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EDITORIAL

First impressions count

THE ARENAS open on April 29, giving the masses their ice rink gladiators and some long-awaited entertainment, shared euphoria and, for some, even shared grief. Entertainment it is, but the Ice Hockey World Championship can also be an important tool of diplomacy and international promotion – if handled skilfully.

THE ARENAS open on April 29, giving the masses their ice rink gladiators and some long-awaited entertainment, shared euphoria and, for some, even shared grief. Entertainment it is, but the Ice Hockey World Championship can also be an important tool of diplomacy and international promotion – if handled skilfully.

Sports do help to transcend cultural differences, provided the very purpose of a football match, for instance, is not to provide shaven-headed men fuelled by hate an opportunity to let off steam and lash out at whatever or whoever is defenceless and easily to hand.

Foreign diplomats, who could be forgiven for having grown tired of political small talk or of trying to extract any meaningful interpretation from statements by Slovak politicians who are themselves less than sure about what they want to say, have been relieved to have the subject of ice hockey to fall back on.

Diplomats, especially those whose home countries have some ice hockey tradition, now have an escape route to avoid chatting about yet another fruitcake politician announcing the establishment of yet another political party.

One story in the Slovak press on April 28 reported that “in Russia the championship is helping to renew a direct air link between Bratislava and Moscow”. More specifically, Slovakia’s chargé d’affaires to Moscow told the daily that the championship is a very good argument for this effort by Slovakia.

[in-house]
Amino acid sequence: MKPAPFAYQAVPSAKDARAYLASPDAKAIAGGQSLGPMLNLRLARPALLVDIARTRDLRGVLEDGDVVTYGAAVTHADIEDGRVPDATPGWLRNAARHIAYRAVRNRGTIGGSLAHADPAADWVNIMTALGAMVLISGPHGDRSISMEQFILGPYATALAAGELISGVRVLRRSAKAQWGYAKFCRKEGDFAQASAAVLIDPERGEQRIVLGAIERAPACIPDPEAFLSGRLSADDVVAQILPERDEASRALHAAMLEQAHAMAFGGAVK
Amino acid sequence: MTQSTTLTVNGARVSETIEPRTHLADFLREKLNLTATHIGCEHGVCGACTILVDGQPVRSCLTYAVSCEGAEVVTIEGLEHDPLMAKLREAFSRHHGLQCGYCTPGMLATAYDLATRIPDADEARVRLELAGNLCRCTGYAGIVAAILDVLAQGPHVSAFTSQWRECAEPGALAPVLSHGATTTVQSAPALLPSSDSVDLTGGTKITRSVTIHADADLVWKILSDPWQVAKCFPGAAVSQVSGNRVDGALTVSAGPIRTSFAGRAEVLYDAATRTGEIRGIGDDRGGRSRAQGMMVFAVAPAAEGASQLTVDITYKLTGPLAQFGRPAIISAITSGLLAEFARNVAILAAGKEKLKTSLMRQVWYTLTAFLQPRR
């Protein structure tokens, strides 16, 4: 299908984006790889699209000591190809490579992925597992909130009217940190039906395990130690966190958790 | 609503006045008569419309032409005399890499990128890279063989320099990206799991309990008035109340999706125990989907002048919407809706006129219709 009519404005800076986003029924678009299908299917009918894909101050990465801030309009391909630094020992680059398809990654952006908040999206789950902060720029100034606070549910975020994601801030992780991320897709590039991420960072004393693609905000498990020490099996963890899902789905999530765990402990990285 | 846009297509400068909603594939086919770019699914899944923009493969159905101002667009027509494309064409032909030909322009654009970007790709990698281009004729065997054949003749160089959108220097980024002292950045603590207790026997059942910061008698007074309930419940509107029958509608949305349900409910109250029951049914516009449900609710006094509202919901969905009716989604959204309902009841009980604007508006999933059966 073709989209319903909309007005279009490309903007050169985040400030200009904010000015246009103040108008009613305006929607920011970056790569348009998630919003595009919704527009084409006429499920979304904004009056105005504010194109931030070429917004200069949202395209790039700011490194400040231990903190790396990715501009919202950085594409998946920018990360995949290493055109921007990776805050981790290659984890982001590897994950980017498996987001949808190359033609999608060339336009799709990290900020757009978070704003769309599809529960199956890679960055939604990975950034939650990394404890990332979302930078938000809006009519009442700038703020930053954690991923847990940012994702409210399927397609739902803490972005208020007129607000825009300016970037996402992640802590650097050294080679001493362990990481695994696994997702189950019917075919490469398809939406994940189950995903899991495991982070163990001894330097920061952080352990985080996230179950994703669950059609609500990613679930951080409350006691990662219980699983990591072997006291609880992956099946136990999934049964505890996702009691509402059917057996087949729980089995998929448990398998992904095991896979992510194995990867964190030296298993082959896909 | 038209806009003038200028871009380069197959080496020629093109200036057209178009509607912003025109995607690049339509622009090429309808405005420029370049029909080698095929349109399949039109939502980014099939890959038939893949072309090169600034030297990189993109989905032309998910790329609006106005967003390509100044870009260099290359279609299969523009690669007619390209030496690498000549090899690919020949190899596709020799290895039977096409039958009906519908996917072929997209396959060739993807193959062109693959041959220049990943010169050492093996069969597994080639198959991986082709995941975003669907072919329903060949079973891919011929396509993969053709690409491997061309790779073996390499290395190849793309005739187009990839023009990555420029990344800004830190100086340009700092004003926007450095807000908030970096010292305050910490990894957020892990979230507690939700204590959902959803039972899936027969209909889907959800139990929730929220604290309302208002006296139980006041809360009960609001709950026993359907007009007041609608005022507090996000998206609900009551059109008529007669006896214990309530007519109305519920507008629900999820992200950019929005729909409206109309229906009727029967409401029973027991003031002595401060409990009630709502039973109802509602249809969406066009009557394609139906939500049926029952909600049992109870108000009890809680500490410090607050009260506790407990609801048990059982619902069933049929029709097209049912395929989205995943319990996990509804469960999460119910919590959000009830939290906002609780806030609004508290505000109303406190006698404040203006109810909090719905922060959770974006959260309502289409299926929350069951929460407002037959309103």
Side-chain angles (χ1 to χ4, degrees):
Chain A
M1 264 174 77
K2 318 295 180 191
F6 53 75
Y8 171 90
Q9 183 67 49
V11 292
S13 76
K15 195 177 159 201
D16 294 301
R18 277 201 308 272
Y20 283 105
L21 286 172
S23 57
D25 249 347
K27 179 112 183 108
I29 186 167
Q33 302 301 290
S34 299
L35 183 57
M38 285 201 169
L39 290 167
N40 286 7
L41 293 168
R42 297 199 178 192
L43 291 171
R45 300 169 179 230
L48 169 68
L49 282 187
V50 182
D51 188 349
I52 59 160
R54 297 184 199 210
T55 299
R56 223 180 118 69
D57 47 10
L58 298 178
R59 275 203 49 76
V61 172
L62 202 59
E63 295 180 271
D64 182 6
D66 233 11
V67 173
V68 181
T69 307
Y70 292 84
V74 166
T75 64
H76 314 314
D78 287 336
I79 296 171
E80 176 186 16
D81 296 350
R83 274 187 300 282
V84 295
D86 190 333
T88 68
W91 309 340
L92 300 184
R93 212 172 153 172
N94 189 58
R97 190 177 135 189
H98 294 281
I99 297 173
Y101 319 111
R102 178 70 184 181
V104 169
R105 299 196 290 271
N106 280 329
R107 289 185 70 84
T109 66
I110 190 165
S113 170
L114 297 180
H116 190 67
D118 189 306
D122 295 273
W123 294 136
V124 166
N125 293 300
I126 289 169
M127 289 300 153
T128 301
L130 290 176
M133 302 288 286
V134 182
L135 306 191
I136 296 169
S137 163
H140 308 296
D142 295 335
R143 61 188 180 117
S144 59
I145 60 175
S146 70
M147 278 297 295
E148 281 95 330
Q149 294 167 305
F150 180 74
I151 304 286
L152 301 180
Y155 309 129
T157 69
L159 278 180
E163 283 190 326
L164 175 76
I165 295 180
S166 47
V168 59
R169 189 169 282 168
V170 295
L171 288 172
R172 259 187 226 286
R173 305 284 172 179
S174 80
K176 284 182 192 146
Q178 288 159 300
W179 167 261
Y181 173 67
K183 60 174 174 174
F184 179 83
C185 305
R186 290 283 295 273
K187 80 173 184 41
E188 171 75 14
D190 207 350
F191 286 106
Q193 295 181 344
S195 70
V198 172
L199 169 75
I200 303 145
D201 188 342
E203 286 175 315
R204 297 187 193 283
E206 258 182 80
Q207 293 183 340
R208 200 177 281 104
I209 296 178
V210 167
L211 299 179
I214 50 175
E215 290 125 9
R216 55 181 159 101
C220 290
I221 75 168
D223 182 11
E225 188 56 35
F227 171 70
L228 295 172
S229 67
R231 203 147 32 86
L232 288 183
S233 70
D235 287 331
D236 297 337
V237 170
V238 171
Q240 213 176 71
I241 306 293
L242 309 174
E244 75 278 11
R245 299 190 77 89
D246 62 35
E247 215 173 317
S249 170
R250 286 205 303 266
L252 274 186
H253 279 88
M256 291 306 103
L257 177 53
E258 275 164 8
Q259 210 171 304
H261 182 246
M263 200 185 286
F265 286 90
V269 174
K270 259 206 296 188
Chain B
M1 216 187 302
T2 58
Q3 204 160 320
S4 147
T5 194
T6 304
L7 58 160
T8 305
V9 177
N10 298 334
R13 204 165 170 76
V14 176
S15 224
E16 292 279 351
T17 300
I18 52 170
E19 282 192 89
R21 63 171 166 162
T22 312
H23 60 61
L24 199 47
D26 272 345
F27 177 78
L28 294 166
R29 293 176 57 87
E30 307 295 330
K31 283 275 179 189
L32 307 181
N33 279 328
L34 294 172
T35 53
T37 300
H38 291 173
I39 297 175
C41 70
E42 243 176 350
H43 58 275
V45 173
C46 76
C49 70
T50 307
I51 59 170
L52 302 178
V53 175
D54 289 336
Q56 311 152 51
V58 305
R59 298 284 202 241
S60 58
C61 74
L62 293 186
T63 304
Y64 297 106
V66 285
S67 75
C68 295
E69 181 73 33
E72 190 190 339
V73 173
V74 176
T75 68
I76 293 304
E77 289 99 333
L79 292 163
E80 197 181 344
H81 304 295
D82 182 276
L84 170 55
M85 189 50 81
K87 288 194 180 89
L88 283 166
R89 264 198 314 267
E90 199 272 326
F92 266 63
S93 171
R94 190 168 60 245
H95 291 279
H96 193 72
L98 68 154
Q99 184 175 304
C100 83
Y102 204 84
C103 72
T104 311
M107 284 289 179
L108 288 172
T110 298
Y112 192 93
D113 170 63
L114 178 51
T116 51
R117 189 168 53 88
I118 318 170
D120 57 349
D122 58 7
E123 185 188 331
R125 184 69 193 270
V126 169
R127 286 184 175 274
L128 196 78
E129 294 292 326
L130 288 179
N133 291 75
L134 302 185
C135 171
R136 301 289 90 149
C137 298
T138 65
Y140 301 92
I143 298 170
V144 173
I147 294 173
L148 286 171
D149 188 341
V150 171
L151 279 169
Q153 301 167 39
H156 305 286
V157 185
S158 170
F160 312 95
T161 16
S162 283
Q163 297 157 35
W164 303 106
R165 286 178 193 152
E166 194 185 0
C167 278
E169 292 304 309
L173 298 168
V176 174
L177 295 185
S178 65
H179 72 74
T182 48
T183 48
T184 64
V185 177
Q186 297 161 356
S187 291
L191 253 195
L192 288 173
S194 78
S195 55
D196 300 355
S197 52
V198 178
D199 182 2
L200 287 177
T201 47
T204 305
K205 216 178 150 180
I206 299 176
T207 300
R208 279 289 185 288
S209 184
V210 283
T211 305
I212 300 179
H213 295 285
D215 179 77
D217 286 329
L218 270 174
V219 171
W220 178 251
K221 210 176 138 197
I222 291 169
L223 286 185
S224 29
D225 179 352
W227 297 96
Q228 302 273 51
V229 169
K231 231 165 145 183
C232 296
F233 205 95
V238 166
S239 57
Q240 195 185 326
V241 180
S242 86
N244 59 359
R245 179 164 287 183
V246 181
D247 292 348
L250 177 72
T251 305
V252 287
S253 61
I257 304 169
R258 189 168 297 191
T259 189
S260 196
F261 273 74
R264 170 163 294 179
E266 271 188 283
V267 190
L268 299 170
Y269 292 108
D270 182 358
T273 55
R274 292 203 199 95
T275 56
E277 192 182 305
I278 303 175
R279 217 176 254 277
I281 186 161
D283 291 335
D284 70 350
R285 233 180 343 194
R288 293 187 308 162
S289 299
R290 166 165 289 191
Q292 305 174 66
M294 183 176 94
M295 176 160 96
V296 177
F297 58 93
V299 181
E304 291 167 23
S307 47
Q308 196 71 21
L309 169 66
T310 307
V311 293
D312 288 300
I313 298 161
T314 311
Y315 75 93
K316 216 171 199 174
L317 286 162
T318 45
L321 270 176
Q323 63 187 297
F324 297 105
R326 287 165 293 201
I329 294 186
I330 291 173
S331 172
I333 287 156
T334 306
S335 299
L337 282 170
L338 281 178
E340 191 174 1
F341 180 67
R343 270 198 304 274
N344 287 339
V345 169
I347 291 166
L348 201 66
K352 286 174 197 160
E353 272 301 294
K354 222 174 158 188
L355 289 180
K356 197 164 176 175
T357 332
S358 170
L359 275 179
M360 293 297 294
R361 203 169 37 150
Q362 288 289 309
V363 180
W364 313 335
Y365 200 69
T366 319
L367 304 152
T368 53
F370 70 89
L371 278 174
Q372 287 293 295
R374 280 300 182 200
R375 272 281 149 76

Tourism industry professionals say that the event is a huge chance for this small central European country to implant its name into the consciousness of hundreds of thousands of potential tourists as a result of ice hockey visitors recommending Slovakia to their friends and families – or simply being inspired to return because they liked it here.

But the frail beauty of wooden churches, the charm of small towns and the majesty of the Tatra Mountains will not be the first thing that a foreign visitor encounters when arriving in Bratislava.

The most run-down parts of the city have been cleaned up or, where it was not possible to obscure the decay with billboards and plastic or overspray it with artistic graffiti, simply left alone in the hope that tourists will simply not go there.

The better informed visitors might deliberately seek out the forget-me-not symbol awarded to services and businesses that have pledged to smile and be pleasant to customers – something which is by no means guaranteed in Slovakia, no matter how much you pay. Locals can only hope that the lessons taxi drivers and restaurateurs learn from the fair-play game will stick with them for longer than the two weeks of the ice hockey championship.

Such international events always evoke a sudden rush of national pride in politicians and public figures, with most of them trying to get a bite of the cake.

There are, of course, the notorious ones who want to make sure that their “pride” is more than visible. The leader of the Slovak National Party (SNS), Ján Slota, and Vincent Lukáč, an MP for the party – a man whose qualities can be judged according to his recent statement that he would stand behind Slota until the day he dies since Slota is “a god” for him – have appeared on billboards all around Bratislava wearing the outfit of the national ice hockey team.

Fortunately, most foreign visitors will have no clue about the identity of these grinning figures, or the meaning of the slogan (in Slovak) “SNS trusts our boys”. Fortunately, most foreign visitors will also not give a damn about another clone of the nationalist SNS that is now emerging, established by Anna Belousovová, Slota’s former colleague and arch-enemy.

They will care very little about Slovakia’s politics at all and are unlikely to submerge themselves in the tortured details of the selection of Slovakia’s next general prosecutor or the ruling coalition’s attempt to get itself out the latest, related pickle.

Of course, the visitors are not coming to understand Slovak politics or to comprehend the depth – or perhaps shallowness – of the national pride and national frustrations of Slovaks. Rather, they are more likely to judge Slovakia based solely on whether the taxi driver cheats them or whether their waiter smiles or glares at them when they ask for an extra napkin.


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